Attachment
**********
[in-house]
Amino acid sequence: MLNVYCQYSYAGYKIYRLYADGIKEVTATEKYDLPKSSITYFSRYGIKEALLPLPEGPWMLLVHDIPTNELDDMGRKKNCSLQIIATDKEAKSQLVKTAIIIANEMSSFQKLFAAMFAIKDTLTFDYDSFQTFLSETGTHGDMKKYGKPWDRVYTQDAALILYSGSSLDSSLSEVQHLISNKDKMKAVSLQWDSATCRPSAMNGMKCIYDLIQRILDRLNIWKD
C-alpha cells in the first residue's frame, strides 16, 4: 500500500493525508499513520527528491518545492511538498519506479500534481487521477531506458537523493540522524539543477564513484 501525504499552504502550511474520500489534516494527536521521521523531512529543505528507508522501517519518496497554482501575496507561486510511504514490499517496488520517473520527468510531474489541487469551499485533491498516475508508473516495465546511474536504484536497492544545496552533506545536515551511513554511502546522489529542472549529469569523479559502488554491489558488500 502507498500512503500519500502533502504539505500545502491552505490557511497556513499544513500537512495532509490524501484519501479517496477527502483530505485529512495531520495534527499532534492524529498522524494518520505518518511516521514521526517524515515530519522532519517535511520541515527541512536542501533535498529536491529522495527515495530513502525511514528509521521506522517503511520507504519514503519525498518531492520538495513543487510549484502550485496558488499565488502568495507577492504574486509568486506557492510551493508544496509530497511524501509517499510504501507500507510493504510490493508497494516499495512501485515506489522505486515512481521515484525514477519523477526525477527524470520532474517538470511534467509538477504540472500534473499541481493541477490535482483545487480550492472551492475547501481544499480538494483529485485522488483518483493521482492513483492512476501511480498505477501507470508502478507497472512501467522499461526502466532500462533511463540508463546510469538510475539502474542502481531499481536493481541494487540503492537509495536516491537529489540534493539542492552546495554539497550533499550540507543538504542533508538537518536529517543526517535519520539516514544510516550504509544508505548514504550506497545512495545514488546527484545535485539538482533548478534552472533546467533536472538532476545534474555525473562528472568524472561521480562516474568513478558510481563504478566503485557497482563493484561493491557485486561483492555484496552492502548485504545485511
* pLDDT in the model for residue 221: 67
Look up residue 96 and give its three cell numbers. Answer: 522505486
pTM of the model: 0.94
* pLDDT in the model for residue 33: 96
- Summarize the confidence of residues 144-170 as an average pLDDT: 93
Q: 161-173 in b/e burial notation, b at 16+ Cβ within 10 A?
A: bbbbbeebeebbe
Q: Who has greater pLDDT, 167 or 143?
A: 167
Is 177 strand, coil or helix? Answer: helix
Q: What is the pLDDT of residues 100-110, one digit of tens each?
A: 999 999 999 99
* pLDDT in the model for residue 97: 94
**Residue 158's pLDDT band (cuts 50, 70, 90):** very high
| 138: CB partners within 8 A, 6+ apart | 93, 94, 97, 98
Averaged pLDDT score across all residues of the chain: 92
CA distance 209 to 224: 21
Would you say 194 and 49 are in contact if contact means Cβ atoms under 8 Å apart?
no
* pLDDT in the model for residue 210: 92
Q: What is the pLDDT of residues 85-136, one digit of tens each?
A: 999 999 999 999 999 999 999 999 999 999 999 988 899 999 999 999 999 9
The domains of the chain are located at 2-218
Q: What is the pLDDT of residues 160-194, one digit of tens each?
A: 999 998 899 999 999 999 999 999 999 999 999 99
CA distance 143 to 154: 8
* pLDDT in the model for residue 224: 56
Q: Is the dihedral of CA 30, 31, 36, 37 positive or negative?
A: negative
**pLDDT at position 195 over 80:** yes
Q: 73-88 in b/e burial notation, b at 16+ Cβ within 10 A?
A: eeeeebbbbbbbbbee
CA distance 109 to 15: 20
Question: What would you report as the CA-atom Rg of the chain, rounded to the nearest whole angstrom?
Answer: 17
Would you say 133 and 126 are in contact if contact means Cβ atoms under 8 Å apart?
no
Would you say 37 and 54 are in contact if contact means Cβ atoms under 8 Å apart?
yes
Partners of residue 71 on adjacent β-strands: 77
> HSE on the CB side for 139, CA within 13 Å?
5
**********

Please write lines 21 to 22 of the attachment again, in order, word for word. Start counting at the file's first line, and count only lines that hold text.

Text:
Would you say 194 and 49 are in contact if contact means Cβ atoms under 8 Å apart?
no